According to the Nordisk Familjebok: The first counts and barons, created in 1561 by Eric XIV:
John III granted the first baronial titles accompanied by territorial grants (earlier titles elevated the family's hereditary estate to comital or baronial status):
Charles IX created only one:
(he made Svante Bielke and Nils Bielke barons without grant of entailed lands)
Gustav II Adolf granted:
Charles X Gustav granted:
Charles XI granted:
The following titled families of high nobility are included in Kalender öfver i Sverige lefvande ointroducerad adel (1886-1899), Sveriges ointroducerade adels kalender (1912-1944), and/or Kalender över Ointroducerad adels förening (1935-), which are directories of the living (at the time of publication) unintroduced noble families resident in Sweden. Five of these families have titles as Princes, Dukes or Marquis, the others as Counts and Barons. Most unintroduced noble families, however, are untitled, similar to the introduced families. Some of these families, or their titled branches, have since become extinct.
Surnames in Sweden can be traced to the 15th century, when they were first used by the Gentry (Frälse), i.e., priests and nobles. The names of these were usually in Swedish, Latin, German or Greek. The adoption of Latin names was first used by the Catholic clergy in the 15th century. The given name was preceded by Herr (Sir), followed by a Latinized form of patronymic names. Starting from the time of the Reformation, the Latinized form of their birthplace (Laurentius Petri Gothus, from Östergötland) became a common naming practice for the clergy. Later merchants and other social groups discarded the formerly used family names (such as patronymic surnames) and adopted high-sounding Latin surnames. Another subsequent practice was the use of the Greek language with the ending of -ander, the Greek word for man. The use of surnames was still quite uncommon in the 17th century among the nobility and the educated class. Furthermore, the concept of hereditary surnames was also limited to a few families.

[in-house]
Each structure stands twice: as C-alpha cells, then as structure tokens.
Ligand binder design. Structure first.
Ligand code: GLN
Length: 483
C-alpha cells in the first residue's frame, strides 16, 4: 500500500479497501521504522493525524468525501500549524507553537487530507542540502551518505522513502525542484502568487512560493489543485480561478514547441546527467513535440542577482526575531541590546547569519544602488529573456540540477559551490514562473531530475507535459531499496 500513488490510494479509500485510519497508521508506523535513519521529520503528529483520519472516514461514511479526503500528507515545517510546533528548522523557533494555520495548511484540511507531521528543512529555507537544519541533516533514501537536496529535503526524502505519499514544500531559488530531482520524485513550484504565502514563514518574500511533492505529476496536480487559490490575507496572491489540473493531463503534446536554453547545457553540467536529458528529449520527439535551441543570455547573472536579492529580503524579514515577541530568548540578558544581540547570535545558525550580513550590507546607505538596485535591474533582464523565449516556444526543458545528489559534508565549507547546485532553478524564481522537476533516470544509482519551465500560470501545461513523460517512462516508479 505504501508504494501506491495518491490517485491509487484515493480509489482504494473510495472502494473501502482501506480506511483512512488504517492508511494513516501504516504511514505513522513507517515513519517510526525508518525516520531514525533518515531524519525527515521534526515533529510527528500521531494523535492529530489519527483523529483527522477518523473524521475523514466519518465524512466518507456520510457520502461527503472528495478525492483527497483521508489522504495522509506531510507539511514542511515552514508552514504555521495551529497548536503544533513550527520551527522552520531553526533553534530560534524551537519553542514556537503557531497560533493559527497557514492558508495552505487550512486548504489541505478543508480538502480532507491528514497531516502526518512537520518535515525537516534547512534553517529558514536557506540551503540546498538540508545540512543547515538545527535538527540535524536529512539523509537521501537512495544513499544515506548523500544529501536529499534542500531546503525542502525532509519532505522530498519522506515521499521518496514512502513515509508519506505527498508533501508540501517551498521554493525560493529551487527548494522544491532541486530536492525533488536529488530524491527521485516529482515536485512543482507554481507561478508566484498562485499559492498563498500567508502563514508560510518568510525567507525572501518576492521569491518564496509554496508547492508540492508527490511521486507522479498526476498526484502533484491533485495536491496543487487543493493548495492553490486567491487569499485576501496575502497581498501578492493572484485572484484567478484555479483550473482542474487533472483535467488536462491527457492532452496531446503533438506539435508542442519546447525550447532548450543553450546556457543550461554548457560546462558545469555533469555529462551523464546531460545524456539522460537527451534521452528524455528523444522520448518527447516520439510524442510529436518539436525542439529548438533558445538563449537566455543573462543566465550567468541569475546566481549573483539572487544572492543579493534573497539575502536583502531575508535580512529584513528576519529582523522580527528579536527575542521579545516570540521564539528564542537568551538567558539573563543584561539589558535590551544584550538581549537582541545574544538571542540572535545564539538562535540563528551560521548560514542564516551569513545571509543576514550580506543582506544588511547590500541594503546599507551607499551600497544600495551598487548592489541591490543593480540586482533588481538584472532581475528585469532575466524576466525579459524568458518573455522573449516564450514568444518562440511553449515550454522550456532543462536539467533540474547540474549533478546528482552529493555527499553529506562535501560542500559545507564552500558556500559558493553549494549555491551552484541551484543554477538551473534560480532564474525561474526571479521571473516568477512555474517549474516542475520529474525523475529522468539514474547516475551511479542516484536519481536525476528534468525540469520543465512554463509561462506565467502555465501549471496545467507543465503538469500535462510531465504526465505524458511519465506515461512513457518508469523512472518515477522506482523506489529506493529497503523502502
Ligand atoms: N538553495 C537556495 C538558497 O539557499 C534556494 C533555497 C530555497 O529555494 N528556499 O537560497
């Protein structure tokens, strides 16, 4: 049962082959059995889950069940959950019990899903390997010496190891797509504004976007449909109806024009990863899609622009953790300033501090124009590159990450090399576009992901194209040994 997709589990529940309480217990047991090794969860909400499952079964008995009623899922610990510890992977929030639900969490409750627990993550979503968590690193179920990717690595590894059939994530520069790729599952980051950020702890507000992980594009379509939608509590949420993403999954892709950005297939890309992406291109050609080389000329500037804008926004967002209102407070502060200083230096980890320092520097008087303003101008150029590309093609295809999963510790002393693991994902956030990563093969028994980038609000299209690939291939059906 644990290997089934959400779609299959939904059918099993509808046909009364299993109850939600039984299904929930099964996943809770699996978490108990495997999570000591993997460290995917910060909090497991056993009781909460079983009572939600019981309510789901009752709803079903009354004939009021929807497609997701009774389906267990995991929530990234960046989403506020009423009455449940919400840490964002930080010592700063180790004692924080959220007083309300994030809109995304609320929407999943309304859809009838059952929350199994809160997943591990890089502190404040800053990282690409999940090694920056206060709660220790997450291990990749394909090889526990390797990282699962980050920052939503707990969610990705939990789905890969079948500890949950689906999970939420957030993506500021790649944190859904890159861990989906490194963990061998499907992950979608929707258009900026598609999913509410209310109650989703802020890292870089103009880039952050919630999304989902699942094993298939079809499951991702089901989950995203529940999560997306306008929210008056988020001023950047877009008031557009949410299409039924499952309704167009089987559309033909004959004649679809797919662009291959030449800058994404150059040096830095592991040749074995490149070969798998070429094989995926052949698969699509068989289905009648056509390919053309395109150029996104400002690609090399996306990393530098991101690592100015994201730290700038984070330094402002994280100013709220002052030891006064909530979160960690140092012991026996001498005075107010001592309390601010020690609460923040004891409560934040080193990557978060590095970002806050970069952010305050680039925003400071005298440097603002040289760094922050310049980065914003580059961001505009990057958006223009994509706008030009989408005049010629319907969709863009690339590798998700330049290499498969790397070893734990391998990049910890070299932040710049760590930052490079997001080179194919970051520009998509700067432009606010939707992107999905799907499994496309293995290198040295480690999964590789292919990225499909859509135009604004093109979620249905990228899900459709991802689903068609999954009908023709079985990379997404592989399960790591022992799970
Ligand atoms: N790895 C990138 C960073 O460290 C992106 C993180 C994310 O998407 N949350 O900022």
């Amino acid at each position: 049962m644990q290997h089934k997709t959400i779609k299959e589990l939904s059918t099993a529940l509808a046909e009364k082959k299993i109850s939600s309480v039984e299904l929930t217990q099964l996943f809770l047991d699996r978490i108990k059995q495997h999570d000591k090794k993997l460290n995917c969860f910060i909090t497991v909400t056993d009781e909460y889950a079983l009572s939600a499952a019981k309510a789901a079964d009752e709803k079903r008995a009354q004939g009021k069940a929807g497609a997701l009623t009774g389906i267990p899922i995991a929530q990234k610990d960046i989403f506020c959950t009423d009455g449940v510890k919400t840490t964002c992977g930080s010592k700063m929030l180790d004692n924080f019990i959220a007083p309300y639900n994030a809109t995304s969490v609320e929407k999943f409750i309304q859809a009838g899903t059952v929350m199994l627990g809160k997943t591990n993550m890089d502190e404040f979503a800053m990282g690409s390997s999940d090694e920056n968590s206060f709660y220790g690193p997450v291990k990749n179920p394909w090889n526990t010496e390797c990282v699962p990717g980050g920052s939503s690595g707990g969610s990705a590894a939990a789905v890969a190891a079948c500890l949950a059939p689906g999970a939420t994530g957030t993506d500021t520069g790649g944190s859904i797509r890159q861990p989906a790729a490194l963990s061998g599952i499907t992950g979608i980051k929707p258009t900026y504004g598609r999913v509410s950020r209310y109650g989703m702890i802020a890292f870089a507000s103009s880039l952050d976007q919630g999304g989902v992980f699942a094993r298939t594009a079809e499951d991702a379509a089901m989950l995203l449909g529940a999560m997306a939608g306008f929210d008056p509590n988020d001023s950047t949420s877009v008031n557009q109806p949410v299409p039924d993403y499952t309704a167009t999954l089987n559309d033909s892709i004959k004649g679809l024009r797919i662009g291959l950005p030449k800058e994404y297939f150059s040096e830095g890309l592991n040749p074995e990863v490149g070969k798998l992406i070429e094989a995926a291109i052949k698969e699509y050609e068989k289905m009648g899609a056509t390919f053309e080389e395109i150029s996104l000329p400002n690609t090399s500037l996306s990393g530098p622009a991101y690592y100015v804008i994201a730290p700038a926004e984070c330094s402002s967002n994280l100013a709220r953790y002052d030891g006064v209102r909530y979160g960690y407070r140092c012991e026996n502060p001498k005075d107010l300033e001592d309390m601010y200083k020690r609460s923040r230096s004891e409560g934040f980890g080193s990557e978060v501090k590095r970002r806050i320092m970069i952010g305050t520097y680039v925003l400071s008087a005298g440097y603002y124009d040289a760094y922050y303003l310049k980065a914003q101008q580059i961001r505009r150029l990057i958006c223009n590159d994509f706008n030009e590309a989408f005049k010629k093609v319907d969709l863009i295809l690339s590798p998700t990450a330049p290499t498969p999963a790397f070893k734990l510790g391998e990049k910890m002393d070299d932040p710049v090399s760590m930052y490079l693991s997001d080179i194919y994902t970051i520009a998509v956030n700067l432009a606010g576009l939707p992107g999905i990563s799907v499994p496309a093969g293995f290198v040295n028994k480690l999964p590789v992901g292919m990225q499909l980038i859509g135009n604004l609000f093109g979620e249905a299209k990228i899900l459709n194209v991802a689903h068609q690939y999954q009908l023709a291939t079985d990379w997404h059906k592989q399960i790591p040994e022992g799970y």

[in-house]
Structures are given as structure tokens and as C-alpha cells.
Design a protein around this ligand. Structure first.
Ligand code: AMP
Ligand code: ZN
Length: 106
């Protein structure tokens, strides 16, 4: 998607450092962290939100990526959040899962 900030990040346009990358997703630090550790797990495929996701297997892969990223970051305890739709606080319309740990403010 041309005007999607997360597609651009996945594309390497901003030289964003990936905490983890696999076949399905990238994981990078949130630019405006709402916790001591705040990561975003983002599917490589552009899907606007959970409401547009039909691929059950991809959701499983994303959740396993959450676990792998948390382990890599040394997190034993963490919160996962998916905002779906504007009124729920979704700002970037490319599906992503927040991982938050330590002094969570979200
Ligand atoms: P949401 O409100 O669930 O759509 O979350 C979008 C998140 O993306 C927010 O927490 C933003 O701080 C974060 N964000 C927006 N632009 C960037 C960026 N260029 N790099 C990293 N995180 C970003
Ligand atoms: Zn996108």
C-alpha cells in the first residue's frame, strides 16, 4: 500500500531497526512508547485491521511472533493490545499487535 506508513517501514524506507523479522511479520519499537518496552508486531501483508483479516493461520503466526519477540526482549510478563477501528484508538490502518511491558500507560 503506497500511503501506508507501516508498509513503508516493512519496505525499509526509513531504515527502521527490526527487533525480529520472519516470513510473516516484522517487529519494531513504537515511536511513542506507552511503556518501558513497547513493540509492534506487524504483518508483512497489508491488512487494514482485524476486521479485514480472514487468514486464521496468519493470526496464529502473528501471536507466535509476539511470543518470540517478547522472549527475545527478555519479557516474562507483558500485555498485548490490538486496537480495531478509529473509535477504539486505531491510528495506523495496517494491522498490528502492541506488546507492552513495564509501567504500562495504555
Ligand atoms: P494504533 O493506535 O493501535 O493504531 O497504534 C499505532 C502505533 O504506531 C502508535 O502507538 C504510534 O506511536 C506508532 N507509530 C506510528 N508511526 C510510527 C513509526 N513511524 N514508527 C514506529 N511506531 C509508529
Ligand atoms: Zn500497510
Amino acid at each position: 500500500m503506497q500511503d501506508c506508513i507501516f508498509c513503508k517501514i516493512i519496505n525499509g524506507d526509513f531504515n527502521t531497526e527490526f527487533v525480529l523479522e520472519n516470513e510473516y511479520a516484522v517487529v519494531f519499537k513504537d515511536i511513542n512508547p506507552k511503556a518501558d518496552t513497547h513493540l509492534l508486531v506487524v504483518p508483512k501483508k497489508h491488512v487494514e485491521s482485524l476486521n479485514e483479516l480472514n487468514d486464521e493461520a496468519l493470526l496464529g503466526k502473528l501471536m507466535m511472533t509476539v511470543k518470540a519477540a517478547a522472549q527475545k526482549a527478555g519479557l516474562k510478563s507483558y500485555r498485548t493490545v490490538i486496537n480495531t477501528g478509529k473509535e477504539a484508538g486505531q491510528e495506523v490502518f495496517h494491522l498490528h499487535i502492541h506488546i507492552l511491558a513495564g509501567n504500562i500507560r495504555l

When a family was ennobled, it was usually given a name--just as lordships of England and other Western European countries. This was a period which produced a myriad of two-word Swedish-language family names for the nobility (very favored prefixes were Adler-, "eagle"; Ehren- "ära", "honor"; Silfver-, "silver"; and Gyllen-, "golden"). The regular difference with Britain was that it became the new surname of the whole house, and the old surname was dropped altogether.
The noble estates are not abolished in Sweden, but their privileged position has been weakened step by step since 1680. The nobility's political privileges were practically abolished by the reformation of the Riksdag of the Estates in 1866, and the last rights of precedence to certain governmental offices were removed in the 1920s. By then the last tax exemption privileges had also been abolished. However, some minor privileges remained until 2003, including the right to be beheaded by sword, when the law granting these noble privileges was completely abolished and the government no longer has the right to call the heads of families to be assembled in session.
The prerogatives of nobility today are limited to protection of noble titles and certain elements and styles used in their coats of arms (this according to a 1762 act): a helm with an open visor, a coronet showing rank, a medallion and the use of supporters. Modern Swedish law makes no distinctions on the basis of nobility.
Margaret Leijonhufvud, noblewoman, Queen Consort of Sweden (1536-1551) and mother of kings
Georg Stiernhielm, civil servant, linguist and poet.
Vendela Skytte, salonist and writer, poet and Lady of Letters
Uno von Troil, Archbishop of Uppsala
Magnus Brahe, statesman and soldier.
Sofia Adlersparre, painter
Baron Adolf Erik Nordenskiöld, botanist, geologist, mineralogist and arctic explorer
Evert Taube, author, artist, composer and singer.